But Special Prosecutor Patrick Fitzgerald told Hogan that not even the government can offer complete confidentiality to sources. “If someone walked in and said I could tell you where [Osama bin Laden] is, I couldn’t promise confidentiality. All we can say is we’ll do our best. You can’t hang on to a promise you just can’t keep.”

Miller’s decision not to testify freezes the entire grand jury investigation, Fitzgerald said.

“We’re having the whole thing derailed by one person,” he said.

Cooper, meanwhile, will testify before the grand jury soon. Time Inc. decided Friday against Cooper’s wishes to obey the court’s order to turn over Cooper’s notes and e-mails to the grand jury. Fitzgerald said that despite Time’s agreement to cooperate, Cooper’s testimony is still needed.

“It’s important to have live testimony,” Fitzgerald said. “We need to get this right one way or another and we need Mr. Cooper to testify.”

Cooper told the judge that, preparing to go to jail, he hugged his 6-year-old son Wednesday morning and told him he would not see him for quite some time. Several hours before the court hearing, in what Cooper described as “a stunning set of developments,” Cooper’s source contacted him and voluntarily released him from any confidentiality agreement the two had.

Miller and Cooper derided general waivers, such as the one circulated among executive branch officials that Miller’s source is alleged by prosecutors to have signed.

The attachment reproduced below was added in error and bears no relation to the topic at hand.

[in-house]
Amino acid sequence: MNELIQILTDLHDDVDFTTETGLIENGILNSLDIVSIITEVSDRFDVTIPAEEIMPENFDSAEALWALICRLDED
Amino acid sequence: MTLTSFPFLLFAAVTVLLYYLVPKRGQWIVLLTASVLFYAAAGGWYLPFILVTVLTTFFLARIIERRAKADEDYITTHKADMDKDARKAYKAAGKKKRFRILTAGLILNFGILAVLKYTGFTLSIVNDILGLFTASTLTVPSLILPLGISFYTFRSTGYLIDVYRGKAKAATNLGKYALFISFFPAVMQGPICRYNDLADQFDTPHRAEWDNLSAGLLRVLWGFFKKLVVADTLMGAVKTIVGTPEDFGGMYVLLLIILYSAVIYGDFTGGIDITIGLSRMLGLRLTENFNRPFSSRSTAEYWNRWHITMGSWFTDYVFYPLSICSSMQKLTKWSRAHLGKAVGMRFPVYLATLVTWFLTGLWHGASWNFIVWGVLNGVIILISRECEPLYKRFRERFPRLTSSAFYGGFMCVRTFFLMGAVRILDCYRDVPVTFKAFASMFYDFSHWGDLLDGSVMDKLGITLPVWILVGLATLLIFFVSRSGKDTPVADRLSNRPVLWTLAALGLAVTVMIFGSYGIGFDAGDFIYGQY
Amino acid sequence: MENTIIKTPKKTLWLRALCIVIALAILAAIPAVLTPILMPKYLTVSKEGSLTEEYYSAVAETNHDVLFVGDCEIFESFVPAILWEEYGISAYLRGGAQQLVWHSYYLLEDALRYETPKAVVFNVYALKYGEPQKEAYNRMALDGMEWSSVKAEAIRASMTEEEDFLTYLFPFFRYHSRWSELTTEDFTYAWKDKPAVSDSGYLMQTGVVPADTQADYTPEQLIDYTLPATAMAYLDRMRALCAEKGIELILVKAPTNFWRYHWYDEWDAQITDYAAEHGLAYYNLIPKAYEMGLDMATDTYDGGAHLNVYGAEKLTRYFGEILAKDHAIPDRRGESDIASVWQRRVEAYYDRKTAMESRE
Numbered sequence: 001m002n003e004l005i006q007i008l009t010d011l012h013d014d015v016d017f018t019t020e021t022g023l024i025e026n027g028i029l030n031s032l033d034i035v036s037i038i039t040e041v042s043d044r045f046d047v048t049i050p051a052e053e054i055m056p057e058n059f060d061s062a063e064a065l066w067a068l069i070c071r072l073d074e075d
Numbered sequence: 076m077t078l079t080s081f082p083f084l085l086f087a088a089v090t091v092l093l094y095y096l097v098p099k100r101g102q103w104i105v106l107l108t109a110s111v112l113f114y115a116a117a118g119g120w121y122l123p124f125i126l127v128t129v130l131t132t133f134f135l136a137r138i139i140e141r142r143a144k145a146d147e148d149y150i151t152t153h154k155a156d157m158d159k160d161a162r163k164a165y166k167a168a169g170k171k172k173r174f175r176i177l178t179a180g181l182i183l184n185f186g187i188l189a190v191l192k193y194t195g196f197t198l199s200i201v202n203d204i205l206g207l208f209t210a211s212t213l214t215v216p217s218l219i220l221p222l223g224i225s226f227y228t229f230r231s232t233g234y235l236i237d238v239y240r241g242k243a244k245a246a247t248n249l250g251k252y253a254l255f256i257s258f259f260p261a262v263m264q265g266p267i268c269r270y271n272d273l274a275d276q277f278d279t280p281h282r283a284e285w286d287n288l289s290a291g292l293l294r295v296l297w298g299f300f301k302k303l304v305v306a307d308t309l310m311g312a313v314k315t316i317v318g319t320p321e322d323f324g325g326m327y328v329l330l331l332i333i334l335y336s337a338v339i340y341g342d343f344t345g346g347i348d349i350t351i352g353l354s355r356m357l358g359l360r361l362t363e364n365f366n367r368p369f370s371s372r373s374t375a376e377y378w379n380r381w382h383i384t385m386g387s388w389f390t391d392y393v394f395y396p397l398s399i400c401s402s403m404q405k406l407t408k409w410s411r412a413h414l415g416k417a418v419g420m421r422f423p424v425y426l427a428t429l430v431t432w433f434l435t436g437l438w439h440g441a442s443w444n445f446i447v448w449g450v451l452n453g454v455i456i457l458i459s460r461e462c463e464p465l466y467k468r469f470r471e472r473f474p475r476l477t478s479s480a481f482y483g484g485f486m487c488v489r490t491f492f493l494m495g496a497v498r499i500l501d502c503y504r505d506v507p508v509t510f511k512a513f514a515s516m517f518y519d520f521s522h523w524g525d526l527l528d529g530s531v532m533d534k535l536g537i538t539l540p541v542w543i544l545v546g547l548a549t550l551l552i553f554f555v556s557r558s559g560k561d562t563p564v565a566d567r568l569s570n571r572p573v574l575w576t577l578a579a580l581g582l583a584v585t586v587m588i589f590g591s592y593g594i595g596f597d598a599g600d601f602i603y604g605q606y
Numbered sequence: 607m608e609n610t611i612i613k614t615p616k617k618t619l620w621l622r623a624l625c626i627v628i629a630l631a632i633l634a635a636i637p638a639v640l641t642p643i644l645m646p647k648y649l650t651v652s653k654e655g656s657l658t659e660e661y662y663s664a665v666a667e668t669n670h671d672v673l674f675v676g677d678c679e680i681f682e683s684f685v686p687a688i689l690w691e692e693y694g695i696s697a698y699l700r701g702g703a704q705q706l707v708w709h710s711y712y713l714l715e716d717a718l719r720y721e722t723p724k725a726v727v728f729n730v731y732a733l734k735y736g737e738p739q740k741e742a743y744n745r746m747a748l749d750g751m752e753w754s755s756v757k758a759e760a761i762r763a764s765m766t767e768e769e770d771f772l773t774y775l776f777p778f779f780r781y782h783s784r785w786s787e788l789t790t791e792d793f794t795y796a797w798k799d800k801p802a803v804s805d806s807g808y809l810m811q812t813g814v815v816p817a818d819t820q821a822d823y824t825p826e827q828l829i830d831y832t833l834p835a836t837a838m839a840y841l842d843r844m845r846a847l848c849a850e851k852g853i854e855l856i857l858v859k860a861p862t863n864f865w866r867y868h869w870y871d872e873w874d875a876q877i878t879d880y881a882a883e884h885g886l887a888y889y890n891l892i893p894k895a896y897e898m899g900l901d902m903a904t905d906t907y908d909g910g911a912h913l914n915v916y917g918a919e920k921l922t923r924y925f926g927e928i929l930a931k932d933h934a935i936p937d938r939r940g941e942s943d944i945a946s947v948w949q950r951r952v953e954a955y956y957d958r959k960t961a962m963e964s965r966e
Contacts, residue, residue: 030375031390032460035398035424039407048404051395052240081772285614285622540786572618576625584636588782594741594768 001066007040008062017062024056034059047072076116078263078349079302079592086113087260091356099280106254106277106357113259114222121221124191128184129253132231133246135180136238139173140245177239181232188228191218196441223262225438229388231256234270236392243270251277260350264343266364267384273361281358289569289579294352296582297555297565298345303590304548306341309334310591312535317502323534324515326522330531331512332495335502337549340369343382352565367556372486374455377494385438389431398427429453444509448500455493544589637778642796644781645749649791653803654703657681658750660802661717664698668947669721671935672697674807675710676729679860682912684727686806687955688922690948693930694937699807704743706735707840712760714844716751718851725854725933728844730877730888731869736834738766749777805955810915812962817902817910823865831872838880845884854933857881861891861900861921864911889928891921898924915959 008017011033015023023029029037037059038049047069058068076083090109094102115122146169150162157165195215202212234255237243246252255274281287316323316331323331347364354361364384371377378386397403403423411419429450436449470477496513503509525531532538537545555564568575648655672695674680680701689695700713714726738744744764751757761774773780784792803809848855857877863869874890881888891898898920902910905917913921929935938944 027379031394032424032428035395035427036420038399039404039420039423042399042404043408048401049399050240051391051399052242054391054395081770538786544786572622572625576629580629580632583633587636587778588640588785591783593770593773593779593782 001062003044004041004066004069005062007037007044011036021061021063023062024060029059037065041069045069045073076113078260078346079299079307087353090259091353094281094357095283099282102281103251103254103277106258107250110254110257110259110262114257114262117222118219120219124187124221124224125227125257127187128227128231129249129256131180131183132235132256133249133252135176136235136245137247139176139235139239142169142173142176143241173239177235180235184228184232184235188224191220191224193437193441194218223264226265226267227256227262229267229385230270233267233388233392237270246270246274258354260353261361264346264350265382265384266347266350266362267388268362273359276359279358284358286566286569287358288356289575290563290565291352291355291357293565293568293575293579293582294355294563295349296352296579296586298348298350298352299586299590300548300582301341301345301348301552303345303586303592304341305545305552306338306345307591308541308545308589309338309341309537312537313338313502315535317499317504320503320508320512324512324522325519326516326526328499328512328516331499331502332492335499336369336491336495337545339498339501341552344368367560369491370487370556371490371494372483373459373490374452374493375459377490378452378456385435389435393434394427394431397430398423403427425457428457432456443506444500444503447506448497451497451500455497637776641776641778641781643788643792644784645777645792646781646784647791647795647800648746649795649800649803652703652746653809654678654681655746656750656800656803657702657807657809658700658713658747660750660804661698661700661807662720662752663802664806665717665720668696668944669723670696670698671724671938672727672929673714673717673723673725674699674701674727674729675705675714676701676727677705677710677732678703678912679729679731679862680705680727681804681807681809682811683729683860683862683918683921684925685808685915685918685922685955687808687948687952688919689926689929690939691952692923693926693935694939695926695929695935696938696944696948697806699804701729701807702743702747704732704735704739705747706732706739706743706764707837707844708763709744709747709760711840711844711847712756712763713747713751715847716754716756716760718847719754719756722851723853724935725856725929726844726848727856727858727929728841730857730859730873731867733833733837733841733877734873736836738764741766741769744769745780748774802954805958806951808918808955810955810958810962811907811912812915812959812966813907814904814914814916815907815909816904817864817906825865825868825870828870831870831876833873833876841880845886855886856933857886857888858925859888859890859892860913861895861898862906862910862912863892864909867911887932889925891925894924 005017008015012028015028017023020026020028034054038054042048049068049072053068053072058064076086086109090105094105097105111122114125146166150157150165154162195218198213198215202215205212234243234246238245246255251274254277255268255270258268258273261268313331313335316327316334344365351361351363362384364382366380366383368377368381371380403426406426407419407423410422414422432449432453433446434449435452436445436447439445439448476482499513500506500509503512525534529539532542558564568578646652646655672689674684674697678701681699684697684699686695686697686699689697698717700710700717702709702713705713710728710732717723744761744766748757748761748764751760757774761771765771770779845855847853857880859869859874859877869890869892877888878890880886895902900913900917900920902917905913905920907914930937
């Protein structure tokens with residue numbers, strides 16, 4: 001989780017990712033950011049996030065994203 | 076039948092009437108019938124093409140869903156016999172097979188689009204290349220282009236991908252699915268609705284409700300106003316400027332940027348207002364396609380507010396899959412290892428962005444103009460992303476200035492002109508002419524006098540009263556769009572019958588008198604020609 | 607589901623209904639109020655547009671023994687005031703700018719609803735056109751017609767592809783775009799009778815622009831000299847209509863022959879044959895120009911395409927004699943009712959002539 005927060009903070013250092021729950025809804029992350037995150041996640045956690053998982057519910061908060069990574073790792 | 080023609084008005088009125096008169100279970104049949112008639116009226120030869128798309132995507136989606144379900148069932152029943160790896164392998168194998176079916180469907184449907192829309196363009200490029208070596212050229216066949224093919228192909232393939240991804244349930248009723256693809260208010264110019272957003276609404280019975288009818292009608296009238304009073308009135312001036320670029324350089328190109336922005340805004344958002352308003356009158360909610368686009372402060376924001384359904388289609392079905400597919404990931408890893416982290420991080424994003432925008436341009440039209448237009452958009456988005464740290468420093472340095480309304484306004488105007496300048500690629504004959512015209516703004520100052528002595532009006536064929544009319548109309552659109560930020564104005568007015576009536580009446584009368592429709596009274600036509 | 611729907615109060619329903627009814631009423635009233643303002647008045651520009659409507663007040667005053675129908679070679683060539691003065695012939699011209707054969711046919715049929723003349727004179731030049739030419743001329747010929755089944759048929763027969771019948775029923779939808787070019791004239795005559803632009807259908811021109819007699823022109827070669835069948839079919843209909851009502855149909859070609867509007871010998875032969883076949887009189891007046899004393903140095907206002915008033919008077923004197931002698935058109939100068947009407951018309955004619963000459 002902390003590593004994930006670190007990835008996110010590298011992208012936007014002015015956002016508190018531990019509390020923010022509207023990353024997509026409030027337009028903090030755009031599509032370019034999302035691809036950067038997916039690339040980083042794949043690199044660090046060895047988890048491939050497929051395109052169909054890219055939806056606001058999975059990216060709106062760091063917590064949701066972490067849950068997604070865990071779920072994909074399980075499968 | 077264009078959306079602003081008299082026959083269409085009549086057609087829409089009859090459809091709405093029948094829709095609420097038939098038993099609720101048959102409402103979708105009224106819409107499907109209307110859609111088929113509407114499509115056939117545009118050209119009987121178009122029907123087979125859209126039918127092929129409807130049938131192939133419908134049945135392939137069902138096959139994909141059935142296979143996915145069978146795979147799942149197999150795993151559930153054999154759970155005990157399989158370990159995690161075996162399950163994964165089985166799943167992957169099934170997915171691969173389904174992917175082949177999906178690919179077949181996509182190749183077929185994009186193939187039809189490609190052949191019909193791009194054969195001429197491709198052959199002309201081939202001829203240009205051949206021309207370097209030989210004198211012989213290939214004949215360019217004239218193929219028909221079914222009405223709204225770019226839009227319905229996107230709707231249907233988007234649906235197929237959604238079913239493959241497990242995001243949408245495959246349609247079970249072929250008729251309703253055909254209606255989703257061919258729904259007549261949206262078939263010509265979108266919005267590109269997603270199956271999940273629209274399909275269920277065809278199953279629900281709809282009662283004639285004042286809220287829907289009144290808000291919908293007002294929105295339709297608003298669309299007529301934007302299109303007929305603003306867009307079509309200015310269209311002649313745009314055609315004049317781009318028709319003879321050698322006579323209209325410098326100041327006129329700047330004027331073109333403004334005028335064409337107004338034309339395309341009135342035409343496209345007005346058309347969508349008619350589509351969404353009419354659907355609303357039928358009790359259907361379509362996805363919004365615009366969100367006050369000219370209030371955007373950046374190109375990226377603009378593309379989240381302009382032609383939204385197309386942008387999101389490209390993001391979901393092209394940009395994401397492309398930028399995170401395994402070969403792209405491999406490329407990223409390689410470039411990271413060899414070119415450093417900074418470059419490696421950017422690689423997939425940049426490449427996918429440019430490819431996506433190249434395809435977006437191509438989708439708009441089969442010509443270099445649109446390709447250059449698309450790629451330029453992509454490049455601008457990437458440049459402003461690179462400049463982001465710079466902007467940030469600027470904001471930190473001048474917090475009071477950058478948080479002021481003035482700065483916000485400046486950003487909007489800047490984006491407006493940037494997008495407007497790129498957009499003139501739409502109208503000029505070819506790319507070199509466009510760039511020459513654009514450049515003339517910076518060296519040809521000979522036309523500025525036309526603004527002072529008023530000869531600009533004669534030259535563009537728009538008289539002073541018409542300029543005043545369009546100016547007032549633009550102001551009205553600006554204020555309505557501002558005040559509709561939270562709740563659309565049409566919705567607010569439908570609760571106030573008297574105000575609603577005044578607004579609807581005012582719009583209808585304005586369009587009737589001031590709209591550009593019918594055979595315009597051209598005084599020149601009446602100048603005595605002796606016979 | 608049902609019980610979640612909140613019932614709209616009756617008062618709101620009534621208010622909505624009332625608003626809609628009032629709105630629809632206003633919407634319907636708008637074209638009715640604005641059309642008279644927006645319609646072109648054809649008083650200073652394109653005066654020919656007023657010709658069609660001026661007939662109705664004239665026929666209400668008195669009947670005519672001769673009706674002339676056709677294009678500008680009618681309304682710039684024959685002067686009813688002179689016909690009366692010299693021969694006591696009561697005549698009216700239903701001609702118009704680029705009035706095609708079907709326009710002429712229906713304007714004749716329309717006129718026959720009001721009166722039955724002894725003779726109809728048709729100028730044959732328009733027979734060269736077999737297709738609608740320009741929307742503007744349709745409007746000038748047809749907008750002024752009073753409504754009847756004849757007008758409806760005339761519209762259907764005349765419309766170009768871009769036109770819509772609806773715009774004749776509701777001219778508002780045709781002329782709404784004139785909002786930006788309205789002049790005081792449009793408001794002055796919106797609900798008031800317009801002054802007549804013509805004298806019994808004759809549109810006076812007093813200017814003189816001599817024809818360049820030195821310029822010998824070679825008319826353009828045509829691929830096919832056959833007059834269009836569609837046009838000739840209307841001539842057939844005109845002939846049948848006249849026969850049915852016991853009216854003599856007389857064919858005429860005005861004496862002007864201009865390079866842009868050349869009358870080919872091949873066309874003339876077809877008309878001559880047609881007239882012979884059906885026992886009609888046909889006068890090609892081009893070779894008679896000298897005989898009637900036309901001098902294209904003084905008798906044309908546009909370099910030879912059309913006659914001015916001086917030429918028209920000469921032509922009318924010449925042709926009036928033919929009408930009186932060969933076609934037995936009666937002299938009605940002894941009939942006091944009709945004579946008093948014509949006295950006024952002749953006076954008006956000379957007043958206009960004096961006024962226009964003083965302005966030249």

“Waivers demanded by a superior as a condition of employment are not voluntary,” Miller told Hogan.

“These government-issued waivers that the government hands out are not worth the paper they are written on,” Cooper said after Wednesday’s hearing.

Floyd Abrams, one of Miller’s lawyers, told reporters after Wednesday’s hearing that her legal team can return to Judge Hogan after some time has passed and seek early release under the argument that jailing her did not coerce her to reveal her source. No such decision has been made to do that, he added.

The judge also could find her in criminal contempt, which is designed as punishment, in addition to the civil contempt she is under, which is designed to coerce Miller to reveal her sources.

New York Times Executive Editor William Keller called Miller’s jailing “a chilly conclusion to an utterly confounding case.”

In a prepared statement, New York Times Publisher Arthur Sulzberger Jr. said: “There are times when the greater good of our democracy demands an act of conscience. Judy has chosen such an act in honoring her promise of confidentiality to her sources. She believes, as do we, that the free flow of information is critical to an informed citizenry.”

Abrams called her “an honorable woman adhering the highest tradition of her profession.”

“She should be honored for that and I think in history she will be,” he said.

Bennett also criticized the secrecy surrounding the case, noting that he has not been able to see any of the evidence in the case. “The truth usually comes out with two lawyers sitting in front of a judge saying, ‘Here’s my evidence,’ ‘Here’s my evidence,’ and that hasn’t happened in this case.”

(In re Special Counsel Investigation; Media Counsel: Floyd Abrams, New York City, Robert Bennett, Washington, D.C., for Judith Miller; Theodore Boutrous, Washington, D.C., for Time magazine; Richard Sauber, Washington, D.C., for Matt Cooper)KM